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The Old Outweighs the New in Youth Fountain's Freshman Release

03-31-2019 | By Peter R. Clark | Issue 102


Youth Fountain (formerly Bedroom Talk) is a 2-piece emotional pop-punk outfit from Vancouver. After a long time, the band has finally released their first full-length. And I'll be the first to say, it may have not been worth the wait.

Letters to Our Former Selves is a collection of 12 songs, comprised of five new songs and seven songs that had been released before the album's release. With the initial release of Grinding Teeth (later re-released when they changed their name from Bedroom Talk to Youth Fountain, as a self-titled EP), a short EP, in 2017, I've been aching for a full-release from the group.

It is slightly disappointing that the album has few new songs, with the majority being made up of songs previously released, however I am happy nonetheless that the band has finally released something. The new songs, however, are not quite as good as their previously released songs. Of the new songs on this album, "Moody" might actually be the only one worth talking about. And I begin to wonder if it would have been better to just release another EP with the new songs.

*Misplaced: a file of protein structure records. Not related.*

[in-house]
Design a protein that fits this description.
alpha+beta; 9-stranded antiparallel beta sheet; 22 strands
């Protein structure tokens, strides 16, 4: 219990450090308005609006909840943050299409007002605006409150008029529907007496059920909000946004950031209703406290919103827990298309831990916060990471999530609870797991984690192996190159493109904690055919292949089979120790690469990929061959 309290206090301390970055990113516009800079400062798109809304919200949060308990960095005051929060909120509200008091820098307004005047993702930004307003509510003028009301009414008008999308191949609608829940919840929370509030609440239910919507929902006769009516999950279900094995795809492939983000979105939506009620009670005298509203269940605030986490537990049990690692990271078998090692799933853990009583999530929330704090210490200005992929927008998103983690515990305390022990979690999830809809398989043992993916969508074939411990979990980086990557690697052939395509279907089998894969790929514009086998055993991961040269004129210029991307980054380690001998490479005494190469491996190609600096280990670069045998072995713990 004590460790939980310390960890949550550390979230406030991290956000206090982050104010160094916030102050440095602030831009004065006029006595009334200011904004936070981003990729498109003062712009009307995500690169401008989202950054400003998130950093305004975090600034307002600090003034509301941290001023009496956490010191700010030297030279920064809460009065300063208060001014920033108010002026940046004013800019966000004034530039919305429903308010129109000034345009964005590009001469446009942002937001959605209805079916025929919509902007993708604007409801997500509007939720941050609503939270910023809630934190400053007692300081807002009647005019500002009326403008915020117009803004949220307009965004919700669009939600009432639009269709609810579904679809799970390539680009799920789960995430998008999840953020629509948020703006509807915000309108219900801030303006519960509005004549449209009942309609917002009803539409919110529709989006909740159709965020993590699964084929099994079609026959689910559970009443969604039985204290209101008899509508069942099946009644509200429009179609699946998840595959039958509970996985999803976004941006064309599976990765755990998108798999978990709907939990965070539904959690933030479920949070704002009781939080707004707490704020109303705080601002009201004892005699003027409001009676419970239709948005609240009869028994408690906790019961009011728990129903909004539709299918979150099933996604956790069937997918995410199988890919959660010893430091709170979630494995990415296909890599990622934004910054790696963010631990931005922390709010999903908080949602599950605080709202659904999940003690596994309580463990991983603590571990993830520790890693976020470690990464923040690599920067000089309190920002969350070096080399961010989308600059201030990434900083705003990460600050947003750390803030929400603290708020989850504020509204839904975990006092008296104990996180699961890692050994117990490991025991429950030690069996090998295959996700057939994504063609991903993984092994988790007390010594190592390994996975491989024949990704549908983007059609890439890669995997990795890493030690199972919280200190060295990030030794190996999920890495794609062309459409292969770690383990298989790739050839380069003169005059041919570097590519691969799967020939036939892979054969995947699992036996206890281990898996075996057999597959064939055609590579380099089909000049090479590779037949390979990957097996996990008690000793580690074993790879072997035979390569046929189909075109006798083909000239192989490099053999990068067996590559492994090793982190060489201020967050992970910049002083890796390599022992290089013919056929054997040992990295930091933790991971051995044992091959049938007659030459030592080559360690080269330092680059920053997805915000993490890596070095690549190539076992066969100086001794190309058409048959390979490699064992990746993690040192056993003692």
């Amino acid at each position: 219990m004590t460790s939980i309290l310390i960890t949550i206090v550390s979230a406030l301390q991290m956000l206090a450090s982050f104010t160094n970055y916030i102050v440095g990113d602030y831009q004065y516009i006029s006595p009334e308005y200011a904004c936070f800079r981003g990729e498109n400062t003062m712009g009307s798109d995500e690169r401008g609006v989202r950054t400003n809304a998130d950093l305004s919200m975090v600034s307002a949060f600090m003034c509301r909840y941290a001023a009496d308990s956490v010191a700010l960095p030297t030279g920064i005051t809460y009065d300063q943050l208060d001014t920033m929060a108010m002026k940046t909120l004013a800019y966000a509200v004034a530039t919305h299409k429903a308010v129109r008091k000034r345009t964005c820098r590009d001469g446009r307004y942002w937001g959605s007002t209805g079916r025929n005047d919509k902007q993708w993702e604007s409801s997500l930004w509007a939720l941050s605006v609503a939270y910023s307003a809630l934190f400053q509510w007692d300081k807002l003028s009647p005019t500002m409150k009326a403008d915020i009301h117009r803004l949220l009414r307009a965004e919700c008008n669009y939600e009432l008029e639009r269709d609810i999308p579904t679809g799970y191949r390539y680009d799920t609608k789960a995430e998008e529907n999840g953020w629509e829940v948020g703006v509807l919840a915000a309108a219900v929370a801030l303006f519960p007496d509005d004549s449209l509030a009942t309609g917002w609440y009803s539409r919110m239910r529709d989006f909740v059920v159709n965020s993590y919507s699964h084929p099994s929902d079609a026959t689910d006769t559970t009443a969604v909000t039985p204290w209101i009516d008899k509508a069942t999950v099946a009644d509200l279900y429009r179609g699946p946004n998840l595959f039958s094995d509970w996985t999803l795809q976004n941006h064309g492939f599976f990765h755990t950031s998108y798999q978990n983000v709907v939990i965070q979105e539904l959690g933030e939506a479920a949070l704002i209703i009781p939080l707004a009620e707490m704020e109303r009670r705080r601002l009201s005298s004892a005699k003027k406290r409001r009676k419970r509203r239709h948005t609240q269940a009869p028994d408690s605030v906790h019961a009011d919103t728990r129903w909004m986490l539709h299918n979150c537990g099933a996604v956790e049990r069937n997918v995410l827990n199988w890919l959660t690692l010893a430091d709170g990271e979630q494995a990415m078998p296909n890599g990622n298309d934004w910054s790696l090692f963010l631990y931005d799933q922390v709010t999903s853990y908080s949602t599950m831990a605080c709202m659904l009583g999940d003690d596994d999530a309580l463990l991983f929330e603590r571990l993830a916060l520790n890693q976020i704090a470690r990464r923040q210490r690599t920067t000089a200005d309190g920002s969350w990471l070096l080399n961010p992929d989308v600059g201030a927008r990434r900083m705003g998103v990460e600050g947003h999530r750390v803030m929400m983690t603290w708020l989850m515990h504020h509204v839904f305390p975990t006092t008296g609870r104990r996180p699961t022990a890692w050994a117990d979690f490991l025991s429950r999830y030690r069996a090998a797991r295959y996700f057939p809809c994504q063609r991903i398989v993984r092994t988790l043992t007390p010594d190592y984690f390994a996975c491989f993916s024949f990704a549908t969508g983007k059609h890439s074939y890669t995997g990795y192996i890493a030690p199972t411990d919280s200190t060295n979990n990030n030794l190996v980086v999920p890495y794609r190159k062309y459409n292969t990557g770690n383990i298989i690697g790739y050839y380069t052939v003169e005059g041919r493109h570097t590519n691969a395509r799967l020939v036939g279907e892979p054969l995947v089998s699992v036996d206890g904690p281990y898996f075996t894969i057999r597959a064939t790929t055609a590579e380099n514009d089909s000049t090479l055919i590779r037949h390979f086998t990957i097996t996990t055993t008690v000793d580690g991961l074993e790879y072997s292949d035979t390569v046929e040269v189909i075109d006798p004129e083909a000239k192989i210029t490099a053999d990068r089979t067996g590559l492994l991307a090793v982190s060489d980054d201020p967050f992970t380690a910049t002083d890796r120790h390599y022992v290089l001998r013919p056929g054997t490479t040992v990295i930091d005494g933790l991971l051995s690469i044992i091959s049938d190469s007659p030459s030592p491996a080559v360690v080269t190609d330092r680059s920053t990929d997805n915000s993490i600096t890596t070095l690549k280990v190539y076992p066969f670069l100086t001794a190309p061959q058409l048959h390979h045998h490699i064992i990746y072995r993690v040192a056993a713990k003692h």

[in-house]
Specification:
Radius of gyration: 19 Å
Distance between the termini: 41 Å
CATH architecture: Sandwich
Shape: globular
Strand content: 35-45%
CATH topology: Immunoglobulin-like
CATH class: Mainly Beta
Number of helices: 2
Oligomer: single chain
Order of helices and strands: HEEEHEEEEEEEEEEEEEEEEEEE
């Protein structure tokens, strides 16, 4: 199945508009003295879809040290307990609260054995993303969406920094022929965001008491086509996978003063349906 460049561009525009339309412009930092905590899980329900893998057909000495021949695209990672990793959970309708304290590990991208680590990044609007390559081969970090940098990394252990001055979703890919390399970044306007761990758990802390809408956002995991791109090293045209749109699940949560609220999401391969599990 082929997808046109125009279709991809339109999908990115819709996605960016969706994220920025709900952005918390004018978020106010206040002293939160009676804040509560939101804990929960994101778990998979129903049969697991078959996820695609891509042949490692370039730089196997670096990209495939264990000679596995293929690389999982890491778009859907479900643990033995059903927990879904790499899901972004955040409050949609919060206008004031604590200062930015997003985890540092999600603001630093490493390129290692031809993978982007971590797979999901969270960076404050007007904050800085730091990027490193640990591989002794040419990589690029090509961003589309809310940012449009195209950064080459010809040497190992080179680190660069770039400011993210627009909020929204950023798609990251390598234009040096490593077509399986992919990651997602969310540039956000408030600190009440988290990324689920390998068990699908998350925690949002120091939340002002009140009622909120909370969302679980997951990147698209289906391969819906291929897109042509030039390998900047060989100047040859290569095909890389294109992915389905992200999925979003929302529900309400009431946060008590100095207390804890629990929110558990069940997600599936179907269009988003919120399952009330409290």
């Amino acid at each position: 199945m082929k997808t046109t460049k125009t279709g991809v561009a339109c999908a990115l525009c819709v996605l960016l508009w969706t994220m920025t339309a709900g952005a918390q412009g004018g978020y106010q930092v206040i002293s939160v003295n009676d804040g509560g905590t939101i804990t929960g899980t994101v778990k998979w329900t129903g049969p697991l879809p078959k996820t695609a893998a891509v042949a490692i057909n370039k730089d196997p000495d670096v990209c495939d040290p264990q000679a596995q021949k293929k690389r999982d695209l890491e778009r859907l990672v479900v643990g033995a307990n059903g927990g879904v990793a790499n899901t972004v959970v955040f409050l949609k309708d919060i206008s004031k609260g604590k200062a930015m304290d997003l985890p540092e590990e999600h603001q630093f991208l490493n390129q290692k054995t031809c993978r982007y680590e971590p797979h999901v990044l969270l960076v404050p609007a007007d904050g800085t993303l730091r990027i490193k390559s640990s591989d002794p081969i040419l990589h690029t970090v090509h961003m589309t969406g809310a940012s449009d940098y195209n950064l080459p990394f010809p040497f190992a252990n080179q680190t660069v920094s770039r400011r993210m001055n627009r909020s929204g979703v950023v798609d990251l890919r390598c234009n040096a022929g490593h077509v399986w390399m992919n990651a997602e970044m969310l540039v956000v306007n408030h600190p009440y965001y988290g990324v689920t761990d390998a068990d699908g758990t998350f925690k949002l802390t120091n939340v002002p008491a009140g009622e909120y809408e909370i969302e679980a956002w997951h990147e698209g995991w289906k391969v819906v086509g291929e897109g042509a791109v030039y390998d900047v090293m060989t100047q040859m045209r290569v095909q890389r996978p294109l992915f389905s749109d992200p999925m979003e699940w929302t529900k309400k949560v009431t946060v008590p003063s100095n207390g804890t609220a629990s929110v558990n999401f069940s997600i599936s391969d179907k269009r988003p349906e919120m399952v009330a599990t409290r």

The majority of the new songs on this album clock in well under two minutes, with the exception of "Moody" that is around the length of the older songs at three minutes. It feels like a letdown that the newer songs are short, and overall, not worth mentioning. The older songs were such great releases that they really carry this album, even if the majority of fans have already heard these songs before.

At the core of Youth Fountain is the aggressive pop-punk sound that is teetering on the edge of melodic hardcore, but a distinct sound present in all their songs adamantly refuses the music to be pigeonholed into that genre. There is a sense of movement in all the songs that doesn't lend itself to that of melodic hardcore, and it really makes this group unique. In addition, the group only have two members, which really goes to show that less is more.